The latest number of confirmed cases is 5 350.
According to the latest update, 103 deaths have been recorded in the country.
So far, 197 127 tests have been conducted, with more than 11 600 new tests.
The Western Cape is an area of concern, as highlighted in a release from Health Minister Zweli Mkhize:
"The number of new cases in WC has almost doubled from 133 the day before to 264 today. This was also the highest number of new cases in this province in any 24 hour cycle.
"Also of note is that this province has the highest positivity yield from their tests in the past 24 hours at 7.5% when compared to other provinces.
"In the past 24 hours the Western Cape contributed to 75% of the total new cases nationally while only contributing 30% of total tests over the same period."
Come Friday, cigarettes will still not be allowed to be sold at level four of lockdown.
The u-turn comes after government received over 2 000 submissions from the public opposing the sale of tobacco products, Minister of Cooperative Governance and Traditional Affairs Nkosazna Dlamini-Zuma said.
The minister was speaking at a briefing on Wednesday evening on the new regulations for industries which will restart their operations as the country gradually starts resuming economic activity.
Last week President Cyril Ramaphosa announced that the restrictions on economic activity would be lifted in a gradual risk-adjusted process, based on five coronavirus levels. The country is currently at level five which only allows essential services to operate. More businesses however will be able to operate from Friday, when we move to level four.
Initially government had proposed that the sale of cigarettes would be allowed at level four, but government had received submissions from the public opposing it on the grounds that it posed a health risk, Dlamini-Zuma said. "Besides the effects of tobacco on lungs and the way tobacco is shared, it does not allow for social distancing and encourages the spread of the virus."
The minister specifically raised an example made in one submission, where concerns were raised about spreading the virus in saliva, when one has to lick paper when rolling a "zol".
READ MORE | Lockdown: Cigarettes, liquor still won't be for sale on Level 4
South Africans can run, cycle and walk from Friday but only within a 5km radius from their homes between 06:00 and 09:00.
This was announced on Wednesday evening by Cooperative Governance and Traditional Affairs Minister Nkosazana Dlamini-Zuma.
She said more than 22 000 South Africans had submitted pleas to exercise during the government's public participation period.
President Cyril Ramaphosa previously promised some respite for his cooped-up countrymen, but "under very strict conditions", Dlamini-Zuma reminded the nation.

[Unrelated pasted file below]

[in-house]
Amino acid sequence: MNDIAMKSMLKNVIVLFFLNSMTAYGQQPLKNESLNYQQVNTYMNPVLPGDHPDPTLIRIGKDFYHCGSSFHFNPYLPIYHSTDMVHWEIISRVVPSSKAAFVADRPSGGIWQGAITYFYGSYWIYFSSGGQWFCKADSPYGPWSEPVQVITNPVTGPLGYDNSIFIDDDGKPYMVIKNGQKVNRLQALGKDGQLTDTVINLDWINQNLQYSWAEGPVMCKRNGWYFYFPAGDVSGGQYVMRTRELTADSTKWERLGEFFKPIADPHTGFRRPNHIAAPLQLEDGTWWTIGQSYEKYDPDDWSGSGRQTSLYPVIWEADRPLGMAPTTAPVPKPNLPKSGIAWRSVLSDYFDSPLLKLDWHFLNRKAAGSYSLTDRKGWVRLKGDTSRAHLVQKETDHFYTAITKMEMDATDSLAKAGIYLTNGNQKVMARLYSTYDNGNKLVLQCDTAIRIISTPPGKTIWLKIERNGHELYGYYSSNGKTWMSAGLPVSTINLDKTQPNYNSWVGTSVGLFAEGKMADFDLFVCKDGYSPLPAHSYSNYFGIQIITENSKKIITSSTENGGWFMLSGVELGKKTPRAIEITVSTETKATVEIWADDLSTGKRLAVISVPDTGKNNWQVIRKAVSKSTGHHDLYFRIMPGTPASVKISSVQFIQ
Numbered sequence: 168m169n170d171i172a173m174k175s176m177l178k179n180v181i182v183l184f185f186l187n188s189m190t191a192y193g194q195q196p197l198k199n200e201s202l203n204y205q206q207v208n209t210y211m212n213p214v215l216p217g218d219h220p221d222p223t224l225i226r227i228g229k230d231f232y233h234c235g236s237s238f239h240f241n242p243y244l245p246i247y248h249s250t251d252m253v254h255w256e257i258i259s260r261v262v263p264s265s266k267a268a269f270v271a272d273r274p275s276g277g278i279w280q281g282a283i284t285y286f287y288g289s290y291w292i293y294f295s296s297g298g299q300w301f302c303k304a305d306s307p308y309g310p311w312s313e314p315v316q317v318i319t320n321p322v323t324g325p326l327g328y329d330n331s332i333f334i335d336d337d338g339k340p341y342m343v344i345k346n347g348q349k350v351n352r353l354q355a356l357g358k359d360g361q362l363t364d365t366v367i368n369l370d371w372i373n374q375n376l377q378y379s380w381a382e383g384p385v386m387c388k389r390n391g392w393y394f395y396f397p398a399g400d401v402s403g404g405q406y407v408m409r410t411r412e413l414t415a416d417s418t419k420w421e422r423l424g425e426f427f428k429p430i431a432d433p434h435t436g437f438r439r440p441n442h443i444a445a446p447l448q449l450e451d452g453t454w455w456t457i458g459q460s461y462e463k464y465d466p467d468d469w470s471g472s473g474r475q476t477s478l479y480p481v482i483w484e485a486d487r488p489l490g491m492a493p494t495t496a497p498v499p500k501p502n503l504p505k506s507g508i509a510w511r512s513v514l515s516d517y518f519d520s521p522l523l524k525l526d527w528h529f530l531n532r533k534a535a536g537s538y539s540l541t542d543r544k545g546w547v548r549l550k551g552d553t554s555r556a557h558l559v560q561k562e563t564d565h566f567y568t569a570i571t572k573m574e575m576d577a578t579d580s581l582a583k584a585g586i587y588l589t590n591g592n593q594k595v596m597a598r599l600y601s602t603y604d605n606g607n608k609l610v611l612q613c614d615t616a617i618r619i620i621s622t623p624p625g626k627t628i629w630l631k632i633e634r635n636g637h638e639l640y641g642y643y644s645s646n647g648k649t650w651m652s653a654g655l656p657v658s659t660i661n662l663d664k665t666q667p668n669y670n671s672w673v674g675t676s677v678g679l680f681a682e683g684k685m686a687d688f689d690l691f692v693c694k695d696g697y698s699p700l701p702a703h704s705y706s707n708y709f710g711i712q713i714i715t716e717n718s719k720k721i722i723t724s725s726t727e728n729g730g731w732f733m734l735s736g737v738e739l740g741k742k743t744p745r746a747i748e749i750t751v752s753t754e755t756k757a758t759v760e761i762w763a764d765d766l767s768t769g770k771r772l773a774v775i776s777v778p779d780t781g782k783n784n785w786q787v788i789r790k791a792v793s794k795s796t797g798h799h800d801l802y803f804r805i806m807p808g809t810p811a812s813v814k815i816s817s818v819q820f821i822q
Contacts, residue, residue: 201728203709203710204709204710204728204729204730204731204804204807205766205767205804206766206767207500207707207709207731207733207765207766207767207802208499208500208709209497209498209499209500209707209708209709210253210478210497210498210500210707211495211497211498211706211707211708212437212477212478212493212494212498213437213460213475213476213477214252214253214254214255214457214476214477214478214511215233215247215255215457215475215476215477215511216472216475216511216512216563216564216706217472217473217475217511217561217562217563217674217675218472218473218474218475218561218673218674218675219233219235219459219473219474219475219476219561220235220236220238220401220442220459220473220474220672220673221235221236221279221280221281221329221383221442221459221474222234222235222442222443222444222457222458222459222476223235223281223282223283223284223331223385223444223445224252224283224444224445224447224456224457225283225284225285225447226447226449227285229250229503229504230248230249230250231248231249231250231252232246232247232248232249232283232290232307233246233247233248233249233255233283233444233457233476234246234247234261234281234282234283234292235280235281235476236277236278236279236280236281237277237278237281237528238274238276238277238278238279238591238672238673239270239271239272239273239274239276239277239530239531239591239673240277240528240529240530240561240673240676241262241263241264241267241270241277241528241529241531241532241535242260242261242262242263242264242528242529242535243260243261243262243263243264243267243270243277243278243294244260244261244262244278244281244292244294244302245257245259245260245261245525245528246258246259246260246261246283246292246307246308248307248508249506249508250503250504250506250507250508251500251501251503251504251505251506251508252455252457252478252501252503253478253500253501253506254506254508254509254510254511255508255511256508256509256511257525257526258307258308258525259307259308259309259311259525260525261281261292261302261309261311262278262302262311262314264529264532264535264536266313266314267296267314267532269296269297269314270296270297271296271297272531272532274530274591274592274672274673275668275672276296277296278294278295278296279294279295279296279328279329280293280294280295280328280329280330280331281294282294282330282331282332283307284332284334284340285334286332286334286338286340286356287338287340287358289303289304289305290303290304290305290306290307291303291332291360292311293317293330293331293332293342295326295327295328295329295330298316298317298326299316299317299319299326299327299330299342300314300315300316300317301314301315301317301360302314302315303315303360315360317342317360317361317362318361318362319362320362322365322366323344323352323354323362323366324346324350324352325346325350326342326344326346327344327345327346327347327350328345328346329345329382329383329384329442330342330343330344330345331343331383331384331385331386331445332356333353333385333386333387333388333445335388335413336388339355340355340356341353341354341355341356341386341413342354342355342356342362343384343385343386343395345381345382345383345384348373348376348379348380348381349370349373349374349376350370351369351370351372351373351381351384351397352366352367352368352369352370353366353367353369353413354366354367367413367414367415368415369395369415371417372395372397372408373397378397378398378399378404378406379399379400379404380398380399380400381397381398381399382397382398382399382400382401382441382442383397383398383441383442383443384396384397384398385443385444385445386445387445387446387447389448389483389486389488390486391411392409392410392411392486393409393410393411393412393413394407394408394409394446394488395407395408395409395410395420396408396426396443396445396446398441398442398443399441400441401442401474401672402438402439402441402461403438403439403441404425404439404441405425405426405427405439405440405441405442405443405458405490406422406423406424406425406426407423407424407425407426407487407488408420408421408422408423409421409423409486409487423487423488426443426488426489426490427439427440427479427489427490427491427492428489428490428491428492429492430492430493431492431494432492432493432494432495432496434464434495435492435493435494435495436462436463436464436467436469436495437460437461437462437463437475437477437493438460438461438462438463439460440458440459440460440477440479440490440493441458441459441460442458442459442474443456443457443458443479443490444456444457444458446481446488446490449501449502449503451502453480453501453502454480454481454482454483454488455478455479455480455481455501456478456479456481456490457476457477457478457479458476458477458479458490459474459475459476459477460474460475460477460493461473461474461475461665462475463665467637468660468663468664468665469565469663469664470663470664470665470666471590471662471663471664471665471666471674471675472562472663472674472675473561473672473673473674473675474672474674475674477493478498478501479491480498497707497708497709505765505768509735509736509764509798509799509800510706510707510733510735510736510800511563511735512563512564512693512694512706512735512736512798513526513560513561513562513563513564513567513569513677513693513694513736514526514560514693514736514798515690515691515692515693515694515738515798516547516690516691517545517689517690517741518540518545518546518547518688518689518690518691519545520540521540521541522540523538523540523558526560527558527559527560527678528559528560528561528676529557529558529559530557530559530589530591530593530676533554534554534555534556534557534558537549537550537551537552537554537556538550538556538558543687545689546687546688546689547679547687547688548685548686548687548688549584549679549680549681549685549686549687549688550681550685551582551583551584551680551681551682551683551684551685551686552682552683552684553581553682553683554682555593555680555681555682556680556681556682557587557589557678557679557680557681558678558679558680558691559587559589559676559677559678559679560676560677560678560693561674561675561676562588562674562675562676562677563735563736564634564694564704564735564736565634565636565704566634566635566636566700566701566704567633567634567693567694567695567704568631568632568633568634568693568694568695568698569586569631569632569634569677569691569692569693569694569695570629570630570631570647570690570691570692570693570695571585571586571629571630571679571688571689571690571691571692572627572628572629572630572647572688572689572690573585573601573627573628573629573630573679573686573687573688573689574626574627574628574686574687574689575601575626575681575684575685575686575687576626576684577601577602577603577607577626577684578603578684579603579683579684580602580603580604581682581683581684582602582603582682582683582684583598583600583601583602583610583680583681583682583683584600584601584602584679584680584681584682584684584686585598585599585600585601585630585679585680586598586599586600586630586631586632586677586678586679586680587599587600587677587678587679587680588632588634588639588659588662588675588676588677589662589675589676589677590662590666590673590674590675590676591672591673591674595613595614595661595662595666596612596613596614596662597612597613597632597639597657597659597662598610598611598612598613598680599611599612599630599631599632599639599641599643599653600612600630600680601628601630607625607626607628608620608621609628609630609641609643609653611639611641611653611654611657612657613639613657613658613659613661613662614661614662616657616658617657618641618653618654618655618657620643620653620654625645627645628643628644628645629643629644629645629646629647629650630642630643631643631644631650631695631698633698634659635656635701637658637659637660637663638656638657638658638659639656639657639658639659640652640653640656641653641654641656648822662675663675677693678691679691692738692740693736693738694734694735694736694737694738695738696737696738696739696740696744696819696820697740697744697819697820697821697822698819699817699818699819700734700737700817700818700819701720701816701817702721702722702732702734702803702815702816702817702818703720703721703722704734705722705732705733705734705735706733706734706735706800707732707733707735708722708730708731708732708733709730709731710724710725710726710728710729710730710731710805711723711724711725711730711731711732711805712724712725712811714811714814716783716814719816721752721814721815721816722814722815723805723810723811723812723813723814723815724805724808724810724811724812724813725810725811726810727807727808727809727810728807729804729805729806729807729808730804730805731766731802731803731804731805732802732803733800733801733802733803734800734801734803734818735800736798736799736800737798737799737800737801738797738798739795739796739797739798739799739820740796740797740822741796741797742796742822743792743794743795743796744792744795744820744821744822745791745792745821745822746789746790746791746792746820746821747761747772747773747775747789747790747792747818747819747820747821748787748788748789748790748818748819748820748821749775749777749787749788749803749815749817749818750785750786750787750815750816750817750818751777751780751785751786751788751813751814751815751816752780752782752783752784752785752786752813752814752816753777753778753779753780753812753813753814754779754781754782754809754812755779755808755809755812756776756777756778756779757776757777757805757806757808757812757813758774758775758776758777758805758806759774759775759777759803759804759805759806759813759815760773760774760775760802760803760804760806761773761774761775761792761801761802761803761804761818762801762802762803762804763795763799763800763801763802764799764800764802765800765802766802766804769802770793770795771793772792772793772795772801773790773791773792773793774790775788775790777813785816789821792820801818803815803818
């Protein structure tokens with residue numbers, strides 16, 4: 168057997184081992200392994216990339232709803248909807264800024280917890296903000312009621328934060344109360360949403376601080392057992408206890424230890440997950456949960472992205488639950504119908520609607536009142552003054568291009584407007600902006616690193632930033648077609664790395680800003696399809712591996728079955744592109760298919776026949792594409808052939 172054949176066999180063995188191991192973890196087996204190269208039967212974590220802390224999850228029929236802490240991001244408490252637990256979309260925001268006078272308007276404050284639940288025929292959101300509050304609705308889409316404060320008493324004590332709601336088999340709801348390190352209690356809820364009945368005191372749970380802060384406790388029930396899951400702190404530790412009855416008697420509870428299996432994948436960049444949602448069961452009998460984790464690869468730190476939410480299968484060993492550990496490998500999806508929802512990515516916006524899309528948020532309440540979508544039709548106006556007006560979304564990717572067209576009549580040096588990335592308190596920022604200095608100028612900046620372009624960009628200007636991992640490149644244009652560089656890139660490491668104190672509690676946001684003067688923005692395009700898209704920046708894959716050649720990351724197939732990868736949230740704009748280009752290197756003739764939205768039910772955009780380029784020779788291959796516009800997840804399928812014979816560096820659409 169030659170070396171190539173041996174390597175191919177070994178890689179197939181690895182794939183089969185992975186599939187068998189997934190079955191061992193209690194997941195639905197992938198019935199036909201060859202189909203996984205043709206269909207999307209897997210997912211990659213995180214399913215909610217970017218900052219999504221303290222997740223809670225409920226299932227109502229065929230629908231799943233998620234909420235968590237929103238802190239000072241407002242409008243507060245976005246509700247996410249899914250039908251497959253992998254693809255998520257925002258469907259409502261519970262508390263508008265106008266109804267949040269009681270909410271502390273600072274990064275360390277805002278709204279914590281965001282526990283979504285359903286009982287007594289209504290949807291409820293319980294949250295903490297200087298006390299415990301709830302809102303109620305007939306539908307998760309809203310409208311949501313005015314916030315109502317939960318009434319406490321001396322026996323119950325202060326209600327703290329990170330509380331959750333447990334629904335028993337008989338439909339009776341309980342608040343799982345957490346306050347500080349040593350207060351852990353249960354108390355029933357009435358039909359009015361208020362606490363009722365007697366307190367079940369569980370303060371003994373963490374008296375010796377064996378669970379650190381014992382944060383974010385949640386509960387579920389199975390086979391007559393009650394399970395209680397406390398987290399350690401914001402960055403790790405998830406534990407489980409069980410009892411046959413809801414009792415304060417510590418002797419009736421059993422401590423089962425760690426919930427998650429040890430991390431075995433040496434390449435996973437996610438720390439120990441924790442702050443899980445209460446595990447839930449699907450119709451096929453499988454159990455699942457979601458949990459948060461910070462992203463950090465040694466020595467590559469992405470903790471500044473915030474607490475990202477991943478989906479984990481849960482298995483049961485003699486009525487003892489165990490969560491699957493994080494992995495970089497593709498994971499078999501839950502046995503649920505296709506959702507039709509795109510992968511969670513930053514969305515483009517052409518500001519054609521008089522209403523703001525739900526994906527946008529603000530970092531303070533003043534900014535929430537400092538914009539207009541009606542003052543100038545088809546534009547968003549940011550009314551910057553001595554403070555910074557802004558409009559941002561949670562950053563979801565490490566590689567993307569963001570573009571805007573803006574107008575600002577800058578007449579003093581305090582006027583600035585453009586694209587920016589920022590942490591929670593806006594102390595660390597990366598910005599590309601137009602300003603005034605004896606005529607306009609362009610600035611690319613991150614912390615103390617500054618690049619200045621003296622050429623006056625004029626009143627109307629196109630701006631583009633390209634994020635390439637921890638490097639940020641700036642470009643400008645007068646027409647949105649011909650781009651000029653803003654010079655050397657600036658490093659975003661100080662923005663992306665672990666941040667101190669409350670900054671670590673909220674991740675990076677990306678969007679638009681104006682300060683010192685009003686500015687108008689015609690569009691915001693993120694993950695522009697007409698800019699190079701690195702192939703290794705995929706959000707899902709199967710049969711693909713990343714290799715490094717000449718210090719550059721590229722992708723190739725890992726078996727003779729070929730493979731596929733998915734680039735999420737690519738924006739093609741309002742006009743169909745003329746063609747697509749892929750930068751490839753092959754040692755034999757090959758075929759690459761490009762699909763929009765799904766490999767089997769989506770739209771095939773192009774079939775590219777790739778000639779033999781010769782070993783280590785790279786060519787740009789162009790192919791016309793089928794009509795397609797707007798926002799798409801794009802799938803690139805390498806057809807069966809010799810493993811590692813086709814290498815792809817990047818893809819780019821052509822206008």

READ MORE | Level 4 lockdown: You can now run, cycle, walk but only under strict conditions
Minister of Cooperative Governance and Traditional Affairs, Nkosazana Dlamini-Zuma, said government will allow the energy and refineries sector to return to operation under the terms of level 4 of the national lockdown.
Dlamini-Zuma was speaking on Wednesday evening and unpacked which industries would be allowed to operate under level 4 of the coronavirus lockdown which will come into effect on Friday, when lockdown deescalates from level 5.
According to the South African Petroleum Industry Association, the local sector supplies to 200 depots, 4600 service stations and 100 000 consumers nationally.
Last week President Cyril Ramaphosa announced a five-level system would be put in place from 1 May to allow the economy to return to function in phases.
Coal miners supplying Eskom were allowed to continue operating during lockdown and mining companies have been granted permission to return to work on a case-by-case basis in recent weeks.
Dlamini-Zuma said bringing refineries back to operation under level 4 was a critical part of getting the economy ticking again.
READ MORE | Lockdown: Refineries to return to operation under level 4
E-commerce may be expanded incrementally during lockdown level 4, now referred to as Alert Level 4 in government documents, to include items currently excluded, trade and industry minister Ebrahim Patel said on Thursday night.
South Africa is due to embark on a phased reopening of the economy on Friday, starting with lockdown level 4, which will see several industries returning to work, and the purchase of additional items allowed.
Patel said online retailers will be allowed to sell essential food items, winter clothing, bedding, hot foods, stationery and cellphones during lockdown level 4 – but that could change.
"E-commerce will be expanded incrementally as an immediate step," Patel said during a press conference on the differences between hard lockdown and level 4. "Deliveries of a larger list of products will be possible and it will be expanded further in level 4”
But regulations from the department of cooperative governance and traditional, due to be gazetted on Thursday, say that before e-commere is expanded, how to limit movement on roads will be considered.
READ MORE | New regulations hint online retailers may get to sell more stuff under level 4 – eventually
In a media briefing on Wednesday evening, Minister of Cooperative Governance and Traditional Affairs Nkosazana Dlamini-Zuma confirmed that despite public calls for hairdressers and nail salons to re-open, this will not be happening in Level 4 of lockdown.
The danger of contracting Covid-19 is too high with these services, given that there is “no social distancing”, Dlamini Zuma said.
According to government’s current risk adjusted strategy, hairdressers and beauty salons may only open when South Africa reaches Level 1.
“People are touching,” she said, adding that it was “too risky”.
But she said that products that will allow people to treat their own hair, and do pedicures and hand manicures at home, have been added to the list of goods that may be sold in Level 4.
READ MORE | Hairdressers, salons stay shut – but you can buy products to do manicures at home from Friday
President Cyril Ramaphosa is still considering the release of 19 000 prisoners amid the coronavirus pandemic.
So says Deputy Justice Minister Patekile Holomisa who was addressing a virtual meeting of the Portfolio Committee on Justice and Correctional Services and Select Committee on Security and Justice on Wednesday.
MPs had asked him about the release of the prisoners, which was mooted earlier.
"That is a matter that is still being considered by the president," Holomisa said, adding the department had presented its plan to Ramaphosa.